By Yasmin Vanya (AMV Board member)
American Muslim Voice Foundation, Muslim Community Association and Northern California Islamic Council hosted the tenth commemoration of 9/11. We have received beautiful and inspiring comments from our guests and they have nothing but praises for your speeches and participation. Speakers’ messages moved and inspired attendees and they left feeling more hopeful about our nation’s future. The diversity of the audience, participants and speakers highlighted our vision of healing the country through sowing seeds of new friendships. We were expecting close to 300 guests but almost 600 guests as diverse as our nation itself blessed us with their presence. We have been praying for this problem for the past 10 years, on Sunday September 11 that wish was grated. Many of our guests did not get to sit at a table, some had just a chair to sit on and dozens of our guests were standing in the back. Many of the guests did not have enough to eat but nonetheless they were happy to be a part of this community event because they received food for thoughts, mind, heart and soul.
Samina Sundas, Founding Executive Director of the American Muslim Voice Foundation made a special and unique request to the media, “Please do not cover this event if you are not able to report it in the spirit in which it was planned. Many have taken advantage of the 9/11 tragedy to further their personal political agenda and in the process have divided our nation. Today our nation needs to take a step toward healing and moving forward so we can move from fear to friendship. We organized this event with love, sensitivity and sincerity to honor the victims, their families and first responders. We also honored those who have lost their lives as an indirect impact of the 9/11 tragedy. We called upon our fellow Americans to move from fear to friendship. They pledged to replace the culture of despair, division and violence with a culture of hope, inclusion and peace by working side by side. Personally, it renewed my commitment to keep serving the needs of the Muslim, Arabs, South Asians and the community at large by encouraging them to get to know one another by sowing the seeds of new friendships. This is why American Muslim Voice Foundation exists: to restore faith in humanity in the face of tragedy, to build stronger relationships based on friendships so that we can put back the “United” in United States of America. Together we can build a peaceful, inclusive and beloved world. I have chosen this path of community and peace building for the rest of my life.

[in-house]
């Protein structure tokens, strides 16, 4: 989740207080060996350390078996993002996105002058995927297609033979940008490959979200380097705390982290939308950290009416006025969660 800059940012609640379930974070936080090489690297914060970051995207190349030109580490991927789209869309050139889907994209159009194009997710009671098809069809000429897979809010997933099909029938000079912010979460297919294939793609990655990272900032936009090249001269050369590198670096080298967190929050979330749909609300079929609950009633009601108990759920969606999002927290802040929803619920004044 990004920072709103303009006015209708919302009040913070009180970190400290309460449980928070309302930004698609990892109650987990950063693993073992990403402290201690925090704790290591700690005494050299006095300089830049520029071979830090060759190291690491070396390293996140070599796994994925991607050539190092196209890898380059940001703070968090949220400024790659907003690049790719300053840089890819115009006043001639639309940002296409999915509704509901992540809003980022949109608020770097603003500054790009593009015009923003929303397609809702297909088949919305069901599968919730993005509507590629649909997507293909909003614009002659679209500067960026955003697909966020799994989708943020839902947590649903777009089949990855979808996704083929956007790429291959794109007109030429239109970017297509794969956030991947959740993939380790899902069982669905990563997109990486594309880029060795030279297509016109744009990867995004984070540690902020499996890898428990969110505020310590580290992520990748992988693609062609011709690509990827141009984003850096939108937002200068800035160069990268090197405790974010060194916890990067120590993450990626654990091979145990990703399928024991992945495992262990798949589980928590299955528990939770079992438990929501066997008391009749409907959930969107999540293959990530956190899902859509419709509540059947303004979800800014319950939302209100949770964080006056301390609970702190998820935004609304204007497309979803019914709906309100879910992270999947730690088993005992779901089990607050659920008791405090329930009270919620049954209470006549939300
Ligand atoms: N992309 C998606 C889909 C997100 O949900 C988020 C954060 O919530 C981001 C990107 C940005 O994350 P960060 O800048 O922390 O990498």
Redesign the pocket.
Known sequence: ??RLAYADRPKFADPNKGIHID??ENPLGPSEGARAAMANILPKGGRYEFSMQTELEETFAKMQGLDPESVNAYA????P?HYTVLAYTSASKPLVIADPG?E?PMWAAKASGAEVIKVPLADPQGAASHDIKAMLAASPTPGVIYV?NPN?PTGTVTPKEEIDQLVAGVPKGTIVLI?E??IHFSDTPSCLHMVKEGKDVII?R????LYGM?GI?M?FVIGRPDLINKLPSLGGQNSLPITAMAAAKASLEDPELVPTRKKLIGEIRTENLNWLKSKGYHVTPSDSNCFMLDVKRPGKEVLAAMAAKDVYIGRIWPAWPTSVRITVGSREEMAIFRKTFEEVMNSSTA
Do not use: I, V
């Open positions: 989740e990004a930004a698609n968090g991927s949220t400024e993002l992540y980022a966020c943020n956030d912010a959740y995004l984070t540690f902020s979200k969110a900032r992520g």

The program started with the beautiful recitation of the Quran by Meryam Ali, which Hafsanoor Vanya translated. Rev. Dr.Andrew Killi, Shakya Satcca and Rabbi Melanie Aron performed multi-faith prayers. A moment of silence was observed to honor the victims of 9/11, their families, first responders and all others victims of senseless crimes.
Havva Munir mesmerized the audience with the national anthem. The guests felt properly welcomed by Samer Darwish, President of the Muslim Community Association. Santa Clara County Supervisor and President of the Board Dave Cortese appreciated the organizers for hosting this wonderful event and acknowledged the contributions of the Muslim community in Santa Clara County and in the nation. Jamie McLeod, council member of Santa Clara spoke about the importance of building relationships.
On behalf of the San Jose City Council, council member Ash Kalra presented a plaque of appreciation to the organizers of the 9/11 event.
Children enjoyed releasing a dozen white peace doves as a symbol of hope and peace. It was one of the favorite activities from the event along with children’s performance of peace songs. All the children delighted the audience with their innocent smiles and giggles as Havva Munir sang, “We Are the World.”